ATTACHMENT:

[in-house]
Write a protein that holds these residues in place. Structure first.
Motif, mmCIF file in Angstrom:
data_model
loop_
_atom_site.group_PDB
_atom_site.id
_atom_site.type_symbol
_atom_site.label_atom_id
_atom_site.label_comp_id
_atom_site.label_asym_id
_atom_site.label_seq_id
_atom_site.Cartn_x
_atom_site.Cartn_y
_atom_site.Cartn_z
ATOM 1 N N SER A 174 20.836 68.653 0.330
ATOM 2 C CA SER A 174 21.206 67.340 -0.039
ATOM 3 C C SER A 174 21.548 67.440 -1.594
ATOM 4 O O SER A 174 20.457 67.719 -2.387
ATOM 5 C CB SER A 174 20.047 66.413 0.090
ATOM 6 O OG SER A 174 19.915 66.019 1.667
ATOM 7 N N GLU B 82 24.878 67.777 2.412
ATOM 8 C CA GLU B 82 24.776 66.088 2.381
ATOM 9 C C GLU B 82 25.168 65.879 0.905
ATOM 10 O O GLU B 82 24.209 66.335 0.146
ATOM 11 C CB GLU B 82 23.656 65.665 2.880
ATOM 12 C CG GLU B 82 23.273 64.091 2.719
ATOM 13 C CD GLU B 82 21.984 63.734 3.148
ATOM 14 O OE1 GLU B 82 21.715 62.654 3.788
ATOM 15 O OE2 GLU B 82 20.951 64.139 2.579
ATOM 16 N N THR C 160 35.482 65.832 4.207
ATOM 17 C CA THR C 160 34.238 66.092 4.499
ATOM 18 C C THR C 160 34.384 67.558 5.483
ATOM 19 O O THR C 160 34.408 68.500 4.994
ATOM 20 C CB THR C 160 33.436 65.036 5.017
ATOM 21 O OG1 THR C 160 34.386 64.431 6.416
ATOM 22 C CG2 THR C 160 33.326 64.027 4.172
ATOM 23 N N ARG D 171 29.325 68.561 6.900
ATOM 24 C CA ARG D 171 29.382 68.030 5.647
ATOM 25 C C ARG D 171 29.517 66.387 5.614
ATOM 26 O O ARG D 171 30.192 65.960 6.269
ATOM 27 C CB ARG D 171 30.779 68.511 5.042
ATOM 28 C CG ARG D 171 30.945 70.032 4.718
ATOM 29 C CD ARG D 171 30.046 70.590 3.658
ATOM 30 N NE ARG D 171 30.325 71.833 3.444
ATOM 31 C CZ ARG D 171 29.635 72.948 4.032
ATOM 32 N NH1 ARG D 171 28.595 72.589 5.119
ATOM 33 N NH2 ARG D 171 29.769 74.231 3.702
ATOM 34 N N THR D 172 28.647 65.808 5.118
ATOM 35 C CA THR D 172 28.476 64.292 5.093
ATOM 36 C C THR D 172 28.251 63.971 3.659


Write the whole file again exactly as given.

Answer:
[in-house]
Write a protein that holds these residues in place. Structure first.
Motif, mmCIF file in Angstrom:
data_model
loop_
_atom_site.group_PDB
_atom_site.id
_atom_site.type_symbol
_atom_site.label_atom_id
_atom_site.label_comp_id
_atom_site.label_asym_id
_atom_site.label_seq_id
_atom_site.Cartn_x
_atom_site.Cartn_y
_atom_site.Cartn_z
ATOM 1 N N SER A 174 20.836 68.653 0.330
ATOM 2 C CA SER A 174 21.206 67.340 -0.039
ATOM 3 C C SER A 174 21.548 67.440 -1.594
ATOM 4 O O SER A 174 20.457 67.719 -2.387
ATOM 5 C CB SER A 174 20.047 66.413 0.090
ATOM 6 O OG SER A 174 19.915 66.019 1.667
ATOM 7 N N GLU B 82 24.878 67.777 2.412
ATOM 8 C CA GLU B 82 24.776 66.088 2.381
ATOM 9 C C GLU B 82 25.168 65.879 0.905
ATOM 10 O O GLU B 82 24.209 66.335 0.146
ATOM 11 C CB GLU B 82 23.656 65.665 2.880
ATOM 12 C CG GLU B 82 23.273 64.091 2.719
ATOM 13 C CD GLU B 82 21.984 63.734 3.148
ATOM 14 O OE1 GLU B 82 21.715 62.654 3.788
ATOM 15 O OE2 GLU B 82 20.951 64.139 2.579
ATOM 16 N N THR C 160 35.482 65.832 4.207
ATOM 17 C CA THR C 160 34.238 66.092 4.499
ATOM 18 C C THR C 160 34.384 67.558 5.483
ATOM 19 O O THR C 160 34.408 68.500 4.994
ATOM 20 C CB THR C 160 33.436 65.036 5.017
ATOM 21 O OG1 THR C 160 34.386 64.431 6.416
ATOM 22 C CG2 THR C 160 33.326 64.027 4.172
ATOM 23 N N ARG D 171 29.325 68.561 6.900
ATOM 24 C CA ARG D 171 29.382 68.030 5.647
ATOM 25 C C ARG D 171 29.517 66.387 5.614
ATOM 26 O O ARG D 171 30.192 65.960 6.269
ATOM 27 C CB ARG D 171 30.779 68.511 5.042
ATOM 28 C CG ARG D 171 30.945 70.032 4.718
ATOM 29 C CD ARG D 171 30.046 70.590 3.658
ATOM 30 N NE ARG D 171 30.325 71.833 3.444
ATOM 31 C CZ ARG D 171 29.635 72.948 4.032
ATOM 32 N NH1 ARG D 171 28.595 72.589 5.119
ATOM 33 N NH2 ARG D 171 29.769 74.231 3.702
ATOM 34 N N THR D 172 28.647 65.808 5.118
ATOM 35 C CA THR D 172 28.476 64.292 5.093
ATOM 36 C C THR D 172 28.251 63.971 3.659